At first glance, there isn’t much difference between San Diego 4th District runoff candidates Myrtle Cole and Dwayne Crenshaw.

Both are longtime Democrats who want to prioritize jobs, education, public safety and infrastructure and believe San Diego’s southeastern neighborhoods have long gotten the short shrift from City Hall. It’s easy to imagine them voting the same way on most issues.

But that doesn’t mean the race won’t be hard-fought. Indeed, the candidates’ similarities could make for a heated contest as both fight to distinguish themselves in a district that tends to elect black Democrats just like them.

The likely runoff date is May 21, the same day many district voters will also choose a new state Assembly member. Combining the elections could save the city between $35,000 and $65,000, City Clerk Liz Maland said.

Here are five things to watch for in the runoff:

The Pitch to Voters

Cole and Crenshaw might broadly believe in the same things, but their pitches vary significantly.

Cole’s pitch: Trust me because of my friends.

She credited her endorsements for quickly building her name identification and powering her to a strong first-place finish Tuesday in the short timeframe since former Councilman Tony Young resigned in January. And Cole has quite a list of backers, including Rep. Juan Vargas, Assemblywomen Toni Atkins and Shirley Weber, state Sens. Ben Hueso and Marty Block and Councilman David Alvarez.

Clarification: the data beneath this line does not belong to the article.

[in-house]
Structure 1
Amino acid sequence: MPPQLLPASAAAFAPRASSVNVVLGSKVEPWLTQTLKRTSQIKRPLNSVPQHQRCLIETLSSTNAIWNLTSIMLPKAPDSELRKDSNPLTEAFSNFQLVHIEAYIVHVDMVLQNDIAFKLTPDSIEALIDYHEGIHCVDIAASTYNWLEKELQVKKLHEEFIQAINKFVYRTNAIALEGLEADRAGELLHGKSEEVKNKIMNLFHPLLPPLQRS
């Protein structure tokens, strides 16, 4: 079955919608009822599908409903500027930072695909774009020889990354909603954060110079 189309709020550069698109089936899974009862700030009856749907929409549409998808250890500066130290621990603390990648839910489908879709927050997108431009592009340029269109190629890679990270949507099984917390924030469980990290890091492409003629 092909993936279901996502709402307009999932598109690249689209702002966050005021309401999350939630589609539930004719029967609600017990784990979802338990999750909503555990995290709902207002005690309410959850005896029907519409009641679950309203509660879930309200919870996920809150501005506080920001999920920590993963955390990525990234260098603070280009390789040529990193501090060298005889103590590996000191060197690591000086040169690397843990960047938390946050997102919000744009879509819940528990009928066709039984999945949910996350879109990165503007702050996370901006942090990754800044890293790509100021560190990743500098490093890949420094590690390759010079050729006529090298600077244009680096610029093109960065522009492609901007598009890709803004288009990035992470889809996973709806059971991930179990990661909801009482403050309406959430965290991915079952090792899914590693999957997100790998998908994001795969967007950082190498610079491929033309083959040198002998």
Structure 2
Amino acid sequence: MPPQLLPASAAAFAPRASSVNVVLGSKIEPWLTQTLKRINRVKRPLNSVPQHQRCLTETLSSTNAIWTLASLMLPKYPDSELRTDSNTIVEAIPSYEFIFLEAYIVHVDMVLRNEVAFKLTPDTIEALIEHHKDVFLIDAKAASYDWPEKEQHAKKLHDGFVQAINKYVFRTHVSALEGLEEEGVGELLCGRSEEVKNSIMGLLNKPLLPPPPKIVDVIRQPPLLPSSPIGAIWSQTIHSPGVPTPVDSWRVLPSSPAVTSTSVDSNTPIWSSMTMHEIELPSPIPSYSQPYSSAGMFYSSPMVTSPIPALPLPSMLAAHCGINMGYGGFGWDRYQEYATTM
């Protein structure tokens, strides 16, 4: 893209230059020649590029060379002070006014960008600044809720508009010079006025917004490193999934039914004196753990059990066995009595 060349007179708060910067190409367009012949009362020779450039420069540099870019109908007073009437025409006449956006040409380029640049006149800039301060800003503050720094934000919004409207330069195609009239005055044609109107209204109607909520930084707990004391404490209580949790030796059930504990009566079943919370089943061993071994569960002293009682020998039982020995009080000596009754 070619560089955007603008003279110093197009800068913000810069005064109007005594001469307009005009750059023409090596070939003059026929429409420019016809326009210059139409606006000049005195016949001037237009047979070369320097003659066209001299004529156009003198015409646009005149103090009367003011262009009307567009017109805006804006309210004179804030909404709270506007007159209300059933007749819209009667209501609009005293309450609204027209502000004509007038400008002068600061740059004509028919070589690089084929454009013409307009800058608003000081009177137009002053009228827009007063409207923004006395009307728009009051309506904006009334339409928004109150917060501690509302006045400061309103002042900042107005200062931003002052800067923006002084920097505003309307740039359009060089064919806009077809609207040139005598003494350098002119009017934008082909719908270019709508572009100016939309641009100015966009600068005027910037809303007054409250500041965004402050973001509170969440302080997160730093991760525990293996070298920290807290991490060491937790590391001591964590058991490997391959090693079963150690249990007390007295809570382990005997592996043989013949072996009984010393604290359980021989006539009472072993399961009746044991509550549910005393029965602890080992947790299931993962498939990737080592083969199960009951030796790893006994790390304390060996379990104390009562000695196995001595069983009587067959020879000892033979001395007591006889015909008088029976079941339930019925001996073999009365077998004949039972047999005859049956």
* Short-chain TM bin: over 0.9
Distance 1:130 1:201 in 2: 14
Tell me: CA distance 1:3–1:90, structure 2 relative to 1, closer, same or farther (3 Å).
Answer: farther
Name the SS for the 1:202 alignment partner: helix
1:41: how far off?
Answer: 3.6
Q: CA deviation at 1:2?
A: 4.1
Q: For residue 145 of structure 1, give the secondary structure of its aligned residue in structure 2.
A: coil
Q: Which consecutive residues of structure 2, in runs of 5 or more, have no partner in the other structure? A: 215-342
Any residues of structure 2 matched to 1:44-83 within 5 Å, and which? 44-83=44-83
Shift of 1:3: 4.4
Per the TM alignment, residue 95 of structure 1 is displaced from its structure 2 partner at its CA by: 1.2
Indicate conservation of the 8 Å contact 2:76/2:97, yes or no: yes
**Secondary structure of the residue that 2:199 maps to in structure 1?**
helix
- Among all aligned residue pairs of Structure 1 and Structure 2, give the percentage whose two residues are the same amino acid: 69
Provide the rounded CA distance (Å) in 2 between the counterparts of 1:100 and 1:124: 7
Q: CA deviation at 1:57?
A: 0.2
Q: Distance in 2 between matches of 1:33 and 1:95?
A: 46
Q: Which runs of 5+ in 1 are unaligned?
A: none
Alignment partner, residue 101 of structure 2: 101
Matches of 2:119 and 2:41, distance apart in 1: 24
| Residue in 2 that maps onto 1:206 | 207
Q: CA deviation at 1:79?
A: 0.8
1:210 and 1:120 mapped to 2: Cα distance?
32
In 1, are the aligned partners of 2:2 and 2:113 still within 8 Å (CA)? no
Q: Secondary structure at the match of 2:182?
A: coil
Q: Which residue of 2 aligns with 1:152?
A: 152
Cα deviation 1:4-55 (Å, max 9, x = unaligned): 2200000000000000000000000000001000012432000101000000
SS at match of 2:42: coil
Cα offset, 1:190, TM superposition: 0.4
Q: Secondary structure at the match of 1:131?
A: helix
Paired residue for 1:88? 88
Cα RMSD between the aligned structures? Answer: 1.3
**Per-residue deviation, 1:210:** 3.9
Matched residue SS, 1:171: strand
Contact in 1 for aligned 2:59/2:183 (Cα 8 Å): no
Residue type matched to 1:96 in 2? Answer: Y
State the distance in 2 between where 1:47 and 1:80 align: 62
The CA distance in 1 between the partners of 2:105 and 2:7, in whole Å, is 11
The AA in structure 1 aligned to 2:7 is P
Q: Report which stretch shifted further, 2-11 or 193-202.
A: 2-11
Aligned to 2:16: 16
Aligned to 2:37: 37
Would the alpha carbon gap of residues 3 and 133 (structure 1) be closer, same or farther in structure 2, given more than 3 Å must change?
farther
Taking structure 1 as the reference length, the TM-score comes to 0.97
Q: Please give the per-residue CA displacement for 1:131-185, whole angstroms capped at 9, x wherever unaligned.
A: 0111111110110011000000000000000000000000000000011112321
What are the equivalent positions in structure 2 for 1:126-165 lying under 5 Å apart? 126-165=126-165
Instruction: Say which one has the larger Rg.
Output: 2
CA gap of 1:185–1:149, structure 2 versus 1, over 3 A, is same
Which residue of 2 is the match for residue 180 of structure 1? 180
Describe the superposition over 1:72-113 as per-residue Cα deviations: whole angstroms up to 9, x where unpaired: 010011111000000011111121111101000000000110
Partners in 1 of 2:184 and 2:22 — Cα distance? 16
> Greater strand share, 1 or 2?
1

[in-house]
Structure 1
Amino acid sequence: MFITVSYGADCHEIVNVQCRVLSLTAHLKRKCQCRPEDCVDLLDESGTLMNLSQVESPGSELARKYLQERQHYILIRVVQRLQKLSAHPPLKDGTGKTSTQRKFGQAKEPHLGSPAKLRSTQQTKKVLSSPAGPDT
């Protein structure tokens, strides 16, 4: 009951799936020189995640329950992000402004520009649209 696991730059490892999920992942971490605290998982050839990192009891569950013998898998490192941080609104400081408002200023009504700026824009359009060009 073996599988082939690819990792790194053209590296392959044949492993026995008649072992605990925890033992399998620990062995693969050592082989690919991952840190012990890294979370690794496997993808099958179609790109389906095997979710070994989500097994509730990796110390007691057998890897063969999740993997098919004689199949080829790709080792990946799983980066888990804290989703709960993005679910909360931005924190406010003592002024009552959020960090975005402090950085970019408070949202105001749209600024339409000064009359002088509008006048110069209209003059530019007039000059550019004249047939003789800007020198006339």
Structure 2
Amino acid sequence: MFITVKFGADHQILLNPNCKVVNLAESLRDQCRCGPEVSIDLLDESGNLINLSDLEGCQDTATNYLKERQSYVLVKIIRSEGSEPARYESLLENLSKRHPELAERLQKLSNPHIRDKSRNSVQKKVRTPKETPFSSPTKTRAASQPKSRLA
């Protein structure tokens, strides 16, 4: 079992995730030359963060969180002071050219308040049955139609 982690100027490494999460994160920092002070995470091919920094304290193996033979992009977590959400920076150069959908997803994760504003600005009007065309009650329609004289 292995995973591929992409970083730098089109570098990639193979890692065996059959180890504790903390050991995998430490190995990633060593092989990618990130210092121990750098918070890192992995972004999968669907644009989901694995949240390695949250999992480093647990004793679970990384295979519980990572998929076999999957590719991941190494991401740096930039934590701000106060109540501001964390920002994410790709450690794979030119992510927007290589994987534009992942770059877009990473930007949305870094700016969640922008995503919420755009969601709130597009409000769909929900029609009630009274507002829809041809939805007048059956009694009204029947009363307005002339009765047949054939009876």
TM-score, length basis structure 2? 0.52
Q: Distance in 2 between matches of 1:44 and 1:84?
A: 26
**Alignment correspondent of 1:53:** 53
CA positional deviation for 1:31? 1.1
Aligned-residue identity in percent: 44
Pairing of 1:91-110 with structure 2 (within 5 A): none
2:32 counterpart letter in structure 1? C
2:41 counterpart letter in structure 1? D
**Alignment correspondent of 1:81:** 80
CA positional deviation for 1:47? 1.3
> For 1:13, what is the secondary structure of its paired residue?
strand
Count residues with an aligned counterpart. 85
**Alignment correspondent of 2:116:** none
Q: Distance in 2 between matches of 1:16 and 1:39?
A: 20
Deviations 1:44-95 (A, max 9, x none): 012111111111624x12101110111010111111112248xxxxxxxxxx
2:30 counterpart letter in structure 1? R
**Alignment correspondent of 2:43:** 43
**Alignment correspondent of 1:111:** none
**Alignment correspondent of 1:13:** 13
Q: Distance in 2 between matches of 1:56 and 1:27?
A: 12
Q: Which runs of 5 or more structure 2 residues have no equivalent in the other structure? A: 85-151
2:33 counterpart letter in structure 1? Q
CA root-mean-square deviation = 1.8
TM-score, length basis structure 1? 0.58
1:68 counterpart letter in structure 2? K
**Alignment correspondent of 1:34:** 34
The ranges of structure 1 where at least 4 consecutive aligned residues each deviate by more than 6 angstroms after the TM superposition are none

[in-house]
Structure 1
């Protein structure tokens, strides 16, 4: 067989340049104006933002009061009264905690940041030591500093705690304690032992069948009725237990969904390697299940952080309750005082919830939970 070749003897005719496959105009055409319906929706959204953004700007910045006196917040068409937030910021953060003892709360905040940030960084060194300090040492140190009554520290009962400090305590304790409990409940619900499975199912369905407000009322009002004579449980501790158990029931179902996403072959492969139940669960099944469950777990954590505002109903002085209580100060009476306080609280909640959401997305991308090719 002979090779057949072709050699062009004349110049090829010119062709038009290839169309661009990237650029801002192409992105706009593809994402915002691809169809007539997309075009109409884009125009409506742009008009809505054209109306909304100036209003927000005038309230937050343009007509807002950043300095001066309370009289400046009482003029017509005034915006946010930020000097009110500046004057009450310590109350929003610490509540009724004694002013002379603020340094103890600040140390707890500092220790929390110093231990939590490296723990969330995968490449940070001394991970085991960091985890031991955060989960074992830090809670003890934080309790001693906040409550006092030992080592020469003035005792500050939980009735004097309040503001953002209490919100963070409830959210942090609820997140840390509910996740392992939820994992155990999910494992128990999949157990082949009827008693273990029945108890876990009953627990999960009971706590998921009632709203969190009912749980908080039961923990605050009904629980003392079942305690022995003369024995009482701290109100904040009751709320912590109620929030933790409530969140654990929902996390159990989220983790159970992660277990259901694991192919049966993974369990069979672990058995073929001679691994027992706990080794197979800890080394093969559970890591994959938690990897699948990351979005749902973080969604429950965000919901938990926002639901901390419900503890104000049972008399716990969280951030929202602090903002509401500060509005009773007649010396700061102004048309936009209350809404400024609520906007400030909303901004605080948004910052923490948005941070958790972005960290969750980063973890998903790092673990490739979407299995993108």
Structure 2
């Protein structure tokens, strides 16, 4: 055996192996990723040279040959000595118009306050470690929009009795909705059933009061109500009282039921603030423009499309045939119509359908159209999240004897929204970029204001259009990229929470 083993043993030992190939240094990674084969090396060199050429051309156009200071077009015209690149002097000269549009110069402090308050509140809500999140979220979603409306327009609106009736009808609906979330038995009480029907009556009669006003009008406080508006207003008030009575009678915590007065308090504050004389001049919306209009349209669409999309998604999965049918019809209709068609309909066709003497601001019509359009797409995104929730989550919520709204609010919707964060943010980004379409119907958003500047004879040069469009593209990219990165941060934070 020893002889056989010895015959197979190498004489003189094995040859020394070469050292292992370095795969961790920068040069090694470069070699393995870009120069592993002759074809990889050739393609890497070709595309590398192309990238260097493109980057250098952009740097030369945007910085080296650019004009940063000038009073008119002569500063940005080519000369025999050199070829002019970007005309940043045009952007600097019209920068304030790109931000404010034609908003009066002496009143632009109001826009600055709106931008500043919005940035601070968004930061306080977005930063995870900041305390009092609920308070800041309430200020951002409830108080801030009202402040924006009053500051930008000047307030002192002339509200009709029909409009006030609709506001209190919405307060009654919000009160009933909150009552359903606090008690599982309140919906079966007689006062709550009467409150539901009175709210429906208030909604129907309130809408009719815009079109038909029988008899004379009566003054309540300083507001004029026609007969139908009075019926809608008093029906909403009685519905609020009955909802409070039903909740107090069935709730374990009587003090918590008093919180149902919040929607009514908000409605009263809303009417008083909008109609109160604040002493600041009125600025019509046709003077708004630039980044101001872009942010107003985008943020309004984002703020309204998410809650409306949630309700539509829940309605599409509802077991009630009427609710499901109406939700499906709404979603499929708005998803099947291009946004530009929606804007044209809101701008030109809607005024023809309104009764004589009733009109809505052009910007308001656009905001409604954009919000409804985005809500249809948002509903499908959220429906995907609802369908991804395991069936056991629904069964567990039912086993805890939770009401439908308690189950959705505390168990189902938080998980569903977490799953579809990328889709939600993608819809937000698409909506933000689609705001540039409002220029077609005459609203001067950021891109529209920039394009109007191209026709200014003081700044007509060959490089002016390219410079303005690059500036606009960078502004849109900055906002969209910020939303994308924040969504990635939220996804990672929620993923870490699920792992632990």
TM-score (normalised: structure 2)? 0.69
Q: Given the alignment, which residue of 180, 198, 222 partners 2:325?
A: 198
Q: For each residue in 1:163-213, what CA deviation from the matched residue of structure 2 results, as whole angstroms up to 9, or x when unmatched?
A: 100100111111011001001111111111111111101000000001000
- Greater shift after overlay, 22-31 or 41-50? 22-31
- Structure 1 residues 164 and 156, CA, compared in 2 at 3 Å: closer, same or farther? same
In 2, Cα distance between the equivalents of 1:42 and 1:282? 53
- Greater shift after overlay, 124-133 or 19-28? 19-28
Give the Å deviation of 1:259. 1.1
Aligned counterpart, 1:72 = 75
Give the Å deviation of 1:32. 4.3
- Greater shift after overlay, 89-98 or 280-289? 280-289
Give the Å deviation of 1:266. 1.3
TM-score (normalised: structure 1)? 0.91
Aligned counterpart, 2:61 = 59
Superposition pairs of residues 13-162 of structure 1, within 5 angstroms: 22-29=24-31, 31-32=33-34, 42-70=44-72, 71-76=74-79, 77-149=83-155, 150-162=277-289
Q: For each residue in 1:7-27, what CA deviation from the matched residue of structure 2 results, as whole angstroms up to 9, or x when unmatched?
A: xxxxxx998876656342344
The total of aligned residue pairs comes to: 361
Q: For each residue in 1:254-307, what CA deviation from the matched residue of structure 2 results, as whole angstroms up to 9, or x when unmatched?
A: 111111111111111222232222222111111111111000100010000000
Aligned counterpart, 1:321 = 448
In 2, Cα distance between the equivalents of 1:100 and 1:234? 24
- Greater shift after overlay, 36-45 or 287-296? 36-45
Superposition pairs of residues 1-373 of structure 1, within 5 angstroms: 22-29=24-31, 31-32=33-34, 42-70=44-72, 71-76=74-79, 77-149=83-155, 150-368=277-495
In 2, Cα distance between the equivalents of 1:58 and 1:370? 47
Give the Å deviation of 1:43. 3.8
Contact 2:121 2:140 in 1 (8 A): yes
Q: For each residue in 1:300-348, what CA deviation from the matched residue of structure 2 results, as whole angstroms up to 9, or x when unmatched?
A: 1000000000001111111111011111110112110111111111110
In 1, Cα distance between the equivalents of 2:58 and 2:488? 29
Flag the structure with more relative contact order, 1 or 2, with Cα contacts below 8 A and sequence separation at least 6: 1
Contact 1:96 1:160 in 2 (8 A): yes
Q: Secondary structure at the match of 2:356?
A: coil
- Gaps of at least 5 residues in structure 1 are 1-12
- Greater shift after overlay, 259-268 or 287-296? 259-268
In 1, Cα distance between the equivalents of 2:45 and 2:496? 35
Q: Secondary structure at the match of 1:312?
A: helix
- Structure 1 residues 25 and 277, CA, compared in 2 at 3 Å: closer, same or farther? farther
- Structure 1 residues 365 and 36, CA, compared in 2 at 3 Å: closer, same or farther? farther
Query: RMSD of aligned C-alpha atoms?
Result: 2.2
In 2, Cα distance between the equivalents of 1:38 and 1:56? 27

Cole also has the backing of the local Democratic Party and the San Diego-Imperial Counties Labor Council, the region’s largest labor group.

Cole, who works as a coordinator for the local health care workers union, says she can bring new grocery stores to the district, a long-held community goal. She says her close relationship with the head of the local food and commercial workers union will help her deliver.

Crenshaw’s pitch: Trust me because of my plans and my record.

Crenshaw, much more than Cole, has laid out his specific plans for the district. He’s provided measurable goals for creating youth jobs, hiring more minority and women contractors for city jobs, boosting local enrollment in San Diego universities, installing new sidewalks and street lights and expanding gun buy-back programs. In almost all the cases, he’s said exactly how he’d pay for his ideas.

Crenshaw touts his experience as executive director of community nonprofit Coalition of Neighborhood Councils and other management roles in district organizations.

Crenshaw grew the coalition’s revenues from $50,000 to almost $1.5 million during his five-year tenure, but he also encountered some speedbumps.

The Role of Labor

A labor council PAC spent almost $85,000 backing Cole in the primary, a substantial sum particularly in a race that featured many labor allies. The spending dwarfed the money raised by Crenshaw and his main outside backer, a PAC supported by Rural/Metro Corporation ambulance service.

If the labor council opens the vault for Cole again, it could give her a substantial advantage.

That money could also make Crenshaw more attractive to groups that oppose big labor spending.

Crenshaw wasted no time taking shots at the labor council — he brought them up during his victory speech Tuesday night. He called the organization “deep-pocketed special interests who want to buy this seat” and said it lied about Cole’s residency and time as a police officer for the local Community College District, where she worked until the mid-1980s.